Fun with Filling Audience Panels

Panels
February 8, 2021

Filling audience panel quotas isn’t always easy. Sometimes the audience a customer wants is pretty hard to find, other times they want people who don’t take surveys. In those cases, the Alchemer Panel Services team helps researchers understand the tradeoffs in finding their ideal audience. Here are some helpful tips to make it easier to complete your research and set expectations with your clients. 

Fortune 500 C-Suite: Yes, we’d all like to know what these people are thinking, but how many executives are willing to take a survey? The average CEO salary for a Fortune 500 company is $11.5 million per year, which means they make, on average, $5,529 an hour. They’re also responsible for more than 60,600 workers each. Yes, they make the big budget decisions, but finding the influencers below the C-suite is going to give you better insights into the decision-making process. 

For the record, trying to get 1000 respondents from Fortune 500 CIOs is technically impossible (it’s a math thing, 500 divided by 1000 is still 1/2, even with new math). 

Different Industries: You might want decision makers in a specific part of the company – HR, IT, Sales, Engineering – but you want them from different industries. The secret here is to ask the right question about where they work. Many people whose careers span different industries tend to believe they’re in the HR, IT, or Sales industry, and less so the airline, retail, or manufacturing industry. Many of your colleagues probably believe that they’re in the market research industry, even though they might work for a healthcare company. 

How you ask your question becomes very important here. What answers you accept is just as important. 

Non-Tech Audiences: It’s much easier and faster to find panelists who use a computer or smartphone all day at work. Targeting people who don’t takes more time. If you want to target people who don’t have a smartphone, you have to target respondents who only complete surveys on computers. If they’re answering on a smartphone, they already have one. 

By the way, you will not find gamers or influencers who don’t have smartphones. They just don’t exist. They might have had their phones taken away for misbehaving, but they still own one. 

Smartphones for Success: The percentage of people taking surveys on their mobile device is growing – so much so that about 70% of people are taking surveys on their mobile device now. If you want to reach more people, don’t restrict your survey to laptops or desktops. Especially if you want younger demographics (have you ever seen a student not on their phone?).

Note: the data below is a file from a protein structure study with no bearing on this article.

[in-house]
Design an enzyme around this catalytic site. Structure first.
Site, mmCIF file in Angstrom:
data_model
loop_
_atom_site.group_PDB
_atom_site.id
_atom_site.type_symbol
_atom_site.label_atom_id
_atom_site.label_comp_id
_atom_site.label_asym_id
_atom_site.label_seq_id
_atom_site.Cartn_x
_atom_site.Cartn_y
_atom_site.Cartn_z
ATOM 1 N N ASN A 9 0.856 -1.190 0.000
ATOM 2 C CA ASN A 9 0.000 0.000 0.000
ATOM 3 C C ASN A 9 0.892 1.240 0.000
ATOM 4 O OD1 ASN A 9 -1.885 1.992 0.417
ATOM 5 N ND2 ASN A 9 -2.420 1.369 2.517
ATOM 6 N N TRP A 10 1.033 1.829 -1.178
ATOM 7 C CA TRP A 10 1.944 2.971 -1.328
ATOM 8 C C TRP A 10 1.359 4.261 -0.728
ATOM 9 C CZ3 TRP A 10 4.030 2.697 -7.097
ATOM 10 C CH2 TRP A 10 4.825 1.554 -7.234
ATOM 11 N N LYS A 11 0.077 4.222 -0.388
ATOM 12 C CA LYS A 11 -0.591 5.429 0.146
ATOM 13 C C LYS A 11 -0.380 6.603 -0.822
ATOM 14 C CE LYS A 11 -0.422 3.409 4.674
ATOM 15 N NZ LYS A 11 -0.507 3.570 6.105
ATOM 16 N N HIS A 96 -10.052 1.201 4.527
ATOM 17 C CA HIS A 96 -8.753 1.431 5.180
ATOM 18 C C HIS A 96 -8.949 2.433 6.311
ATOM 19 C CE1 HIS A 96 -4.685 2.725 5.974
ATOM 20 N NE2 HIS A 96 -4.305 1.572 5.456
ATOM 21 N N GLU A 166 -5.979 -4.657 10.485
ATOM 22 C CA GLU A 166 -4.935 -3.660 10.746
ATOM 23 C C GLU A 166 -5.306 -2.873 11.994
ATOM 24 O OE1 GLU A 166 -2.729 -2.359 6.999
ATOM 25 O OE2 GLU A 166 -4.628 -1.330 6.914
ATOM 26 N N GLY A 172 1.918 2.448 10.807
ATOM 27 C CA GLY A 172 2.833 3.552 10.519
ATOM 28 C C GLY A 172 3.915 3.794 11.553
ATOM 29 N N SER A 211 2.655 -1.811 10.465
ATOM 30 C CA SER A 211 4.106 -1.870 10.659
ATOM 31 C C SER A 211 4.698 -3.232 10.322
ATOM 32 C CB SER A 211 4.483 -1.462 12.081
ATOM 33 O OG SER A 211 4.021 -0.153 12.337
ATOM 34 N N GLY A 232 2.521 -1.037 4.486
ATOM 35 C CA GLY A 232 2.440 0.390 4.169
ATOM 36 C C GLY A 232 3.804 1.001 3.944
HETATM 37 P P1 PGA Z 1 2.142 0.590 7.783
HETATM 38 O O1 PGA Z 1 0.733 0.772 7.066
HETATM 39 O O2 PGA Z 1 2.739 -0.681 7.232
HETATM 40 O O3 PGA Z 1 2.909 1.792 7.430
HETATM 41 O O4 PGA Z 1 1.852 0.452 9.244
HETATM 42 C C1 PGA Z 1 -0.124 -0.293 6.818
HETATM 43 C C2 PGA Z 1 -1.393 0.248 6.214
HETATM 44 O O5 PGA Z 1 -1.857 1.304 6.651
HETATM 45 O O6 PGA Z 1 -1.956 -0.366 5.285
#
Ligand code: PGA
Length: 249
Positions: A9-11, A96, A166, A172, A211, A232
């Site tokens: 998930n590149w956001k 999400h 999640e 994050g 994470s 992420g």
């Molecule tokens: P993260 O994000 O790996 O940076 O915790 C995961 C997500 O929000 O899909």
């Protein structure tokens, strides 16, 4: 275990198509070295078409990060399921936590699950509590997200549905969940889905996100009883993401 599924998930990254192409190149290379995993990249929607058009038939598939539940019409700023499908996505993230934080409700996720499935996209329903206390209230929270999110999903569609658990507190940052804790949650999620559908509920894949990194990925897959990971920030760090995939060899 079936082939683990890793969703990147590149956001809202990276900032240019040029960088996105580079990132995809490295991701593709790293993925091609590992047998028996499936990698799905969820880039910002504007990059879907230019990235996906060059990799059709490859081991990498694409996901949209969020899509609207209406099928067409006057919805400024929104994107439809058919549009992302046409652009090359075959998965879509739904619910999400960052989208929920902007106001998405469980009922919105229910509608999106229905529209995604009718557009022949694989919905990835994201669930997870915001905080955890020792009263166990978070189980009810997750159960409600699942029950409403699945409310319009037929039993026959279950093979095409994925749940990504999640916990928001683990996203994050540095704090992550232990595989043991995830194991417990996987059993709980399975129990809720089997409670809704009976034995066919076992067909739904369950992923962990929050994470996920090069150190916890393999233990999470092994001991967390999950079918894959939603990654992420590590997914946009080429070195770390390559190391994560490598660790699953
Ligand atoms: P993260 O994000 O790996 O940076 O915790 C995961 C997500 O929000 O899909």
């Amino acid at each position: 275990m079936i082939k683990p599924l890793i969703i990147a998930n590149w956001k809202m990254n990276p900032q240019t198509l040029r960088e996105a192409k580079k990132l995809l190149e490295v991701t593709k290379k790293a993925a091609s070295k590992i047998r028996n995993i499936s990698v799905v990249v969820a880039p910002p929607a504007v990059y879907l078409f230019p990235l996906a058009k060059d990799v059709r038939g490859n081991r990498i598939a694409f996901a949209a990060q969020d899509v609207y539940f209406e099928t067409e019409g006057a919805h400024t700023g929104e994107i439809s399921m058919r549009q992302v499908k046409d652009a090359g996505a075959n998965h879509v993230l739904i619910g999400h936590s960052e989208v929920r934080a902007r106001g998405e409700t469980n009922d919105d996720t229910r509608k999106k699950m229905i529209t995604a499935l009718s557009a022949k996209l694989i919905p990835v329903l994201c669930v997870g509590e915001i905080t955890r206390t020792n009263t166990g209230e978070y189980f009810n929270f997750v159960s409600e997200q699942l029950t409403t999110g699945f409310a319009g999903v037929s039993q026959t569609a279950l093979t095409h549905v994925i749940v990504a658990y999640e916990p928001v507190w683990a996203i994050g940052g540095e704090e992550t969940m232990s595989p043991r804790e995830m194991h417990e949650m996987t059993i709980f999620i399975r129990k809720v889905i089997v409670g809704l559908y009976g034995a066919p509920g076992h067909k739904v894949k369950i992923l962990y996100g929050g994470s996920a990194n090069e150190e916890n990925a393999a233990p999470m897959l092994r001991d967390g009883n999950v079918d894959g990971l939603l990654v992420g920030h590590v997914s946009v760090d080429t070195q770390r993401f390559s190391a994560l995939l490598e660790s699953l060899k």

Race is a Sensitive Subject: And it will continue to be for some time. However, it’s important to  remember that diversity is regional as well. You will find more Hispanic communities in the Southwestern U.S. than in the northern central states. Census-balancing nationwide will give you a racial profile that is 12.5% black, 18.7% Hispanic, 5.8% Asian, 2.3% multiple races, and 60.1% white, non-Hispanic. Asian populations increase dramatically in the Pacific Northwest, while black and Hispanic populations decline. You need to be aware of the diversity in the region you want to survey.  

Your Customers Aren’t Always Right: This is particularly true if you’re a niche player. Often companies come to us to sample a 50/50 split of current customers and people who haven’t but are in the market. This kind of research allows them to capture the most representative trends and developments in their market. Continually researching your customers exclusively biases your data and could bias your decision-making. Keep it fresh by reaching out to new people. It’s kind of like changing your socks. 

Very Specific Market with Very Broad Criteria: If you want to survey people who have bought sensible pumps and poodle skirts in the past six months are probably not going to be able to get responses from many middle-aged men in farming communities. At least not that many who will admit to it.  

Similarly, if you want people buy trucks – especially 18-wheelers – you’re probably not going to find a census-balanced respondent pool that includes yoga moms. You might have to open up your description of a truck to include SUVs or accept the people who do respond. Many companies find that their target market (truck drivers in this case, rockabilly fans in the prior instance) provide the best data.  

Also remember that different social standards travel with different generations. You might find that it’s easy to fill a panel with pot-smoking 50 and 60 year-olds, but more difficult when it comes to the 80+ age range.  

What You Can Do 

  1. Be flexible in juggling who you want to answer your survey and how long it might take to get them. We can find the people you want (in most cases); it just might cost more and take more time. Don’t expect to get 1200 responses from hard-to-find people in a couple of hours. It might take time to find them and get them to take the survey. 
  1. Be realistic about how specific you get with your audience. Trying to find a book club that buys dinnerware and lives on Whiteheart Lane is going to take some time, if it’s even possible. It might be what your client or executive wants, but they will be easier to find by going door-to-door.  
  1. Do a little research before proposing an audience. Out-of-work actors are pretty easy to find. Social-media CEOs are much fewer and harder to reach. Besides, they’re all dealing with who to ban and free-speech issues right now. A quick web search will show you that 10% of the global population is left-handed, but 13.1% of Americans. You’ll find that 6.1% of American children are being treated for ADHD while 4.4% of American adults struggle with it. Knowing a little about your market could help you form your survey and select the right audience. 
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